(i) Pre- monsoon season: in Assam prevails during early March to the end of May. As this season starts immediately after winter, since the beginning the atmospheric temperature starts increasing slowly.
During the period of pre-monsoon the morning is pleasant, scorching mid-day, tiring afternoon, and sudden rainfall with lightning and thunder sometimes in the evening or night. Some kind of ustable atmospheric condition prevails during this season and sometimes dust storms and rainfall with thunder occur. With the passage of time high amount of rainfall starts occurring more frequently. Occurrence of this rainfall before monsoon helps in the cultivation of paddy, tea and jute in the state.
(b) Monsoon: Monsoon season generally prevails during early June to end of September in Assam. This is the rainy season in Assam. During this period moderate to heavy rainfall occurs under the influence of south-west monsoon wind almost continuously in different places of the state. June, July and August are the months of maximum rainfall during monsoon.
The total annual rainfall in Assam (on the average about 200 cm) about 70, percent occurs during these three months only. During this monsoon Assam’s main crop Sali peddy is transplanted. Besides, due to the occurrence of heavy rainfall in most parts of the state including the surrounding hilly areas the water level of the Brahmaputra and Barak and their tributaries rises and often create floods.
(c) Retreating Monsoon: The south-west monsoon wind starts with drawing from the end of September. It means there is decrease of temperature and drawing from the end of September. It means there is decrease of temperature and rainfall in this season following the end of rainy season. As a result of decreasing temperature air pressure in the state begins to increase and thereby the wind direction completely gets reversed and blows from north-east to south-west. This is called north-east monsoon or retreating monsoon.
Generally retreating monsoon season prevails in Assam during October and November for two months. During this time period formation of fogs occurs in the night and morning due to temperature decrease.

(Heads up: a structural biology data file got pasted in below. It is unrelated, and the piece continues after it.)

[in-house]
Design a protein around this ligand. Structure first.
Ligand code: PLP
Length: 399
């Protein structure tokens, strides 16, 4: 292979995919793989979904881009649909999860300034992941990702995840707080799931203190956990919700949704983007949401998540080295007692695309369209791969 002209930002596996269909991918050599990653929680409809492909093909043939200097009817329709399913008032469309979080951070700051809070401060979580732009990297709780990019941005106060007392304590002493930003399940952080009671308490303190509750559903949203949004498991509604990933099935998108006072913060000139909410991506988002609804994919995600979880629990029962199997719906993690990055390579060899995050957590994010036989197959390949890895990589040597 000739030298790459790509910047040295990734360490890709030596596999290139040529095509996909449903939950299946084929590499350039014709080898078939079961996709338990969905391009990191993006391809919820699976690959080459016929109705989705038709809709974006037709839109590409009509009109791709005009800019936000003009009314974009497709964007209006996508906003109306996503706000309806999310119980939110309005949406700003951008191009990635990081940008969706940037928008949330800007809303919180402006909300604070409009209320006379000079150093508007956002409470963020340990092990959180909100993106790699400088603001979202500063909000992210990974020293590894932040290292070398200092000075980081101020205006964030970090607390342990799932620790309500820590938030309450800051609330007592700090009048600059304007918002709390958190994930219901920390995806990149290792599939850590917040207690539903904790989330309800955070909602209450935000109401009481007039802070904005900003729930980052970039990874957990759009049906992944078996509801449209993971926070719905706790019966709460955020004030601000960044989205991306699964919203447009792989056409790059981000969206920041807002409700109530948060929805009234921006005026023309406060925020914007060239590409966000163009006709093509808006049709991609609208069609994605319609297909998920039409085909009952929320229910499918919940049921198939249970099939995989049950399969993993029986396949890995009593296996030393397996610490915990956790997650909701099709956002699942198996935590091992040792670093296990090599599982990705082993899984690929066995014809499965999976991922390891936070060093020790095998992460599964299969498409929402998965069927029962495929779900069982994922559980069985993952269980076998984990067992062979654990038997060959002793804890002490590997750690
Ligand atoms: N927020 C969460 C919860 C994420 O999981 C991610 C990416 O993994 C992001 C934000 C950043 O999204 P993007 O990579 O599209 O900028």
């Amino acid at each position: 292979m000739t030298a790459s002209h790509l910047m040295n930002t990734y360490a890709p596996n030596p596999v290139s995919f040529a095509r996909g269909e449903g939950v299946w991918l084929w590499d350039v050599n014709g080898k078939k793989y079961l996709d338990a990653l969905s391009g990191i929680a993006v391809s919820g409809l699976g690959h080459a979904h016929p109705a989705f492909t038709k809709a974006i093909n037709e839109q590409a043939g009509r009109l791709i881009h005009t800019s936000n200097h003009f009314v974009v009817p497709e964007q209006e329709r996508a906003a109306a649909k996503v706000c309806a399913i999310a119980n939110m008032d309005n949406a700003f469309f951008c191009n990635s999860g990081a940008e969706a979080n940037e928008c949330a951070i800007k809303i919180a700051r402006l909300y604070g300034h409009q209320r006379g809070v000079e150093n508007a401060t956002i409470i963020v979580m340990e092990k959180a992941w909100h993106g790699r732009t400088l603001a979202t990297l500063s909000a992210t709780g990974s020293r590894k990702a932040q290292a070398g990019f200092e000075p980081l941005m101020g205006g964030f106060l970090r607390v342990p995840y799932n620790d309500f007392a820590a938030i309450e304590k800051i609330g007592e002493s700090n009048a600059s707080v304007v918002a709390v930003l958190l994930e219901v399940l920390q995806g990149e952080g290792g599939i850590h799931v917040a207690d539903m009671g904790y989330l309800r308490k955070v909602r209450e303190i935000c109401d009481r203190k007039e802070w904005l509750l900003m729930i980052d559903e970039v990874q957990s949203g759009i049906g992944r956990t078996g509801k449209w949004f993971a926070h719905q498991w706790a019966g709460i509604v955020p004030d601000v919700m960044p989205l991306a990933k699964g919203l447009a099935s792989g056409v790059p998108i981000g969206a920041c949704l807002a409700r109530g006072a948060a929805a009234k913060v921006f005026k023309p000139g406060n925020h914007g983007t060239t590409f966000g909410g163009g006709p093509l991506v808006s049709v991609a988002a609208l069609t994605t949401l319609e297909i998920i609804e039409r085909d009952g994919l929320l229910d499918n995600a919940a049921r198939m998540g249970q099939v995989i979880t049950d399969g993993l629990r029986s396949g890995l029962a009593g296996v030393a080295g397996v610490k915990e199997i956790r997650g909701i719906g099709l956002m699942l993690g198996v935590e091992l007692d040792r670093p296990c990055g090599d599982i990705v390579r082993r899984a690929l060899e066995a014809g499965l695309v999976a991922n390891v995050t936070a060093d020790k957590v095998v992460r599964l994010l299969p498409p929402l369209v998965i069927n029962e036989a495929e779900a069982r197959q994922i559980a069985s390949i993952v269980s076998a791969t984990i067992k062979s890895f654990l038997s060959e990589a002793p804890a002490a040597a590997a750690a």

(d) Dry winter: Winter season prevails in Assam during the end of November or beginning of December to the end of February. The characteristics of winter season in Assam are low temperature (below 10° C) thick clouds in the morning, and a very dry condition due to lack of rainfall. That is why the months of December and January are very dry and the month of January is too cold. During this winter season Sali paddy is harvested and Bhogali or Magh Bihu is celebrated.
Q.14: Write the names of places in Assam witnessing the highest and lowest rainfall along with the amount of rainfall.
Ans: The place in Assam that witnesses the highest and lowest annual rainfall are:
|Place||Amount of Annual Rainfall (cm)|
Q.15: Why is the amount of rainfall not uniform in all places of Assam?
Ans: Rainfall levels in Assam differ from one place to another due to the different geographical formations and weather existing in the region.
The amount of rainfall is not uniform in all places of Assam due to (a) Topographic condition, (b) Location, (c) Presence of hills in the neighbouring areas.
Q.16: Write in brief about the spatial distribution of rainfall in Assam?
Ans: The temperature difference between winter and summer in a year. On the average the amount of temperature in winter is 7°C and in summer it becomes 35°C. On an average the state receives annual rainfall of about 200 cm. Of course, a study of the pattern of occurrence of rainfall in different places of Assam reveals that there exists marked spatial variation in rainfall across the state. Due to the overall impact of the state’s topographic condition, location and presence of neighbouring hills the distribution of rainfall in the state is quite uneven. Generally occurrence of rainfall is more in the hills and foothill areas. Besides, annual rainfall exceeds 250 cm in the districts of Tinsukia, Dibrugarh, Dhemaji, Lakhimpur and Sivasagar in upper Assam; Kokrajhar and Dhubri districts of lower Assam; and Cachar, Karimganj and Hailakandi districts of southern Assam.
On the other hand, amount of rainfall is quite less in Nagaon and Karbi Anglong districts of central Assam. It is worth mentioning that the Lanka-Lumding region of Nagaon district receives annual rainfall of 129 cm only.
|Name of Place||Average Annual Rainfall (cm)|
|10. North Lakhimpur||335|
Q.17: Give a short account of different types of soil found in Assam.
Ans: Soil is one of the vital elements of the physical environment. It is composed of both organic and inorganic materials.
The soils of Assam can be classified into four types. These are: (a) Alluvial Soil, (b) Piedmont soil (c) Hill soil (d) Laterite soils.
(a) Alluvial Soil: The alluvial soils are extensively found in the plains of the Brahmaputra and Barak Valley. These soils have formed as a result of deposition of silt and clays carries by the rivers and their tributaries. Alluvial soils are generally fertile. These are two types-(a) New alluvial soils and (ii) Old alluvial soils.
(i) New Alluvial soils: The new alluvial soil are mostly found in the active floodplains of the Brahmaputra and Barak rivers and their tributaries and also in the river side plains. These soils are moderately deep and gray in colour. These are basically composed of sandy to silty loams and slightly acidic. On the river banks, these are sometimes neutral or slightly alkaline.
These soils are deficient in phosphoric acid, nitrogen and humus.